The lens 1100 is secured into a rear cover 1105 via screws, snaps, or “heat staking”. The rear cover 1105 provides the enclosure on the back half of the flat panel display assembly. Preferably, the rear cover 1105 is made of plastic and is molded in a custom shape to provide all mechanical details for enclosing and capturing the internal details. The rear cover 1105 attaches to a front display bezel 1145 via screws, snaps, or similar fastening methods, covering and enclosing a flat panel display assembly. The flat panel display assembly comprises a chassis 1140, which is the main structural element to which components attach. The chassis 1140 attaches to the front display bezel 1145 via screws or similar hardware. Preferably, the chassis 1140 is made of sheet metal and is custom formed to meet the internal requirements of attachment and structure. The flat panel display “glass” is attached to the chassis 1140 on the front side. The chassis 1140 also supports a video driver board 115, which is a printed circuit board that provides the signal information for the liquid crystal display panel. Here, florescent bulbs 1120 are the primary light source for the ambient light; however, the lamps can be incandescent, LED, or any other technology that meets the electrical requirements of the display. In one preferred embodiment, the florescent bulbs 1120 are approximately 6″ long and ¼″ in diameter. Additional bulbs can be added to increase the potential light levels. The bulbs 1120 are fixed to the chassis 1140 and are connected via wires to a florescent light inverter 1125. The florescent light inverter 1125 converts DC power to AC in order to drive the bulbs 1120 properly for providing adequate light output. Preferably, the ultrasound system power supply drives the florescent light inverter 1125 via power cable wires 1130. The display inverter 1135 provides the power conversion from the ultrasound system power supply to drive the display.
The chassis 1140 with its assembly of printed circuit boards, lamps, and inverters on its backside and the flat panel display “glass” on its front side is attached to the front bezel 1145 via screws, snaps, or similar fastening methods. If a diffuser 1110 is used, it is preferably placed between the lamps 1120 and the lens 1100. The diffuser 1110 can either attach to the chassis 1140 and be spaced a small distance away from the bulbs 1120 or attach to the rear cover/lens assembly via screws, snaps, or similar fastening methods. The rear cover 1105, with its lens 1100 secured into place, is then placed over the front assembly and fastened together via screws, snaps, or similar fastening methods. This assembly is then attached to the ultrasound system for use.
An on/off switch 1150 connected to the ambient light power circuit can be used to turn the ambient light on and off at the sonographer's choice. Preferably, the switch 1150 is located on the flat panel display assembly where the user can reach it easily. Preferably, the switch 1150 is a “mechanical interlink” switch, which turns the display on when rotated up into the “use” position (vertical +25°, −5° approximately) and turns the display off when rotated to its “rest” position. If the overall ultrasound system power supply powers the ambient light, the ambient light is also turned off if the ultrasound system power is turned off. Instead of an on/off switch 1150, a dimmer control can be used so that the user can control the output intensity. For example, the control can be a physical “knob” (circular rheostat or a rotational potentiometer) located on the flat panel display assembly so that the user would rotate the knob in one direction for brighter and in the other direction for dimmer. The control can also be a “slider” (linear rheostat). Sliding the slider in one direction would make the light brighter and sliding the slider in the other direction would make the light dimmer. Additionally, the brightness intensity controller can be implemented through the ultrasound system's software where the user would use an on-screen control menu to select a preset intensity level or a selected intensity level.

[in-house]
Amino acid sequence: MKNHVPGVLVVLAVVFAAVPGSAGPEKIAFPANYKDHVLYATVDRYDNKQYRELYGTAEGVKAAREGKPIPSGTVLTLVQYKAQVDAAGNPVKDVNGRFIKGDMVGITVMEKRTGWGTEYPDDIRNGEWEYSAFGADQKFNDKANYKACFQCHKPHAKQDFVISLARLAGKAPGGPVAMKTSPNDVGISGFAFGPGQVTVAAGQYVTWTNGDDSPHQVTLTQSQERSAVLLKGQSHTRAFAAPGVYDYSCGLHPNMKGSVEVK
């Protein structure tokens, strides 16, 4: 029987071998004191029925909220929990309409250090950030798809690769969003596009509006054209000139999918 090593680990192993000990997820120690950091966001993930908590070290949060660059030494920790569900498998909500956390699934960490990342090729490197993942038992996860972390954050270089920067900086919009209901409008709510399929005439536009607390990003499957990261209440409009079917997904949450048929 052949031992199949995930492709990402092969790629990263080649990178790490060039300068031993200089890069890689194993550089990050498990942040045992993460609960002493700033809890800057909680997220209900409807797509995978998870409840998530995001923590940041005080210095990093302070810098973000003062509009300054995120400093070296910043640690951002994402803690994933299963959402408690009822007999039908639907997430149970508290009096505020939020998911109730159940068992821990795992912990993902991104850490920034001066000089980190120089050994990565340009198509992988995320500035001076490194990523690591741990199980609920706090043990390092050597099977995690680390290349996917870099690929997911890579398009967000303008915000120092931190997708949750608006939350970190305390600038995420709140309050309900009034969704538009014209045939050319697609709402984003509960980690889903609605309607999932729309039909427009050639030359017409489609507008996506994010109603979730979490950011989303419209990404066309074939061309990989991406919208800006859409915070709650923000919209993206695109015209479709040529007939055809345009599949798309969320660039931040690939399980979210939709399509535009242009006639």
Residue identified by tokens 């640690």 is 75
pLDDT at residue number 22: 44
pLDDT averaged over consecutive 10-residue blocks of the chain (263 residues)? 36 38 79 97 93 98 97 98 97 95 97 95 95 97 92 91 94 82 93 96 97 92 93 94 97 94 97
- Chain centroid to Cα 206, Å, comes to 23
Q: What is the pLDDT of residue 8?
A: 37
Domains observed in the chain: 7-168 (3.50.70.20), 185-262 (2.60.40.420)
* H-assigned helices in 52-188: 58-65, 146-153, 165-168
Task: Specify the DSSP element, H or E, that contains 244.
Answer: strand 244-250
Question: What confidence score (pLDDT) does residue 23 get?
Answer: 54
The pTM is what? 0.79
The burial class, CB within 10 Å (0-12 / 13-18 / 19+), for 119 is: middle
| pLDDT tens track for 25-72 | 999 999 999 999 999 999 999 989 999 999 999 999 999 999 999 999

It is intended that the foregoing detailed description be understood as an illustration of selected forms that the invention can take and not as a definition of the invention. It is only the following claims, including all equivalents, that are intended to define the scope of this invention.
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|Cooperative Classification||A61B8/4405, A61B8/00|
|European Classification||A61B8/44B, A61B8/00|
|Mar 4, 2002||AS||Assignment|
Owner name: ACUSON, A SIEMENS COMPANY, CALIFORNIA
Free format text: ASSIGNMENT OF ASSIGNORS INTEREST;ASSIGNORS:HENDERSON, RICHARD W.;BURRIS, DAIVD E.;GAMELSKY, JEFF N.;AND OTHERS;REEL/FRAME:012695/0659;SIGNING DATES FROM 20020215 TO 20020218
|Dec 12, 2006||FPAY||Fee payment|
Year of fee payment: 4
|Jun 21, 2010||AS||Assignment|
Owner name: SIEMENS MEDICAL SOLUTIONS USA, INC.,PENNSYLVANIA
Free format text: CHANGE OF NAME;ASSIGNOR:SIEMENS MEDICAL SYSTEMS, INC.;REEL/FRAME:024563/0051
Effective date: 20010801
|Jun 24, 2010||AS||Assignment|
Owner name: SIEMENS MEDICAL SOLUTIONS USA, INC., PENNSYLVANIA
Free format text: RE-RECORD TO CORRECT CONVEYING PARTY NAME PREVIOUSLY RECORDED AT REEL 024563 FRAME 0051;ASSIGNORS:ACUSON CORPORATION;ACUSON LLC;ACUSON CORPORATION;SIGNING DATES FROM 20021218 TO 20050926;REEL/FRAME:024651/0673
|Dec 7, 2010||FPAY||Fee payment|
Year of fee payment: 8
|Dec 11, 2014||FPAY||Fee payment|
Year of fee payment: 12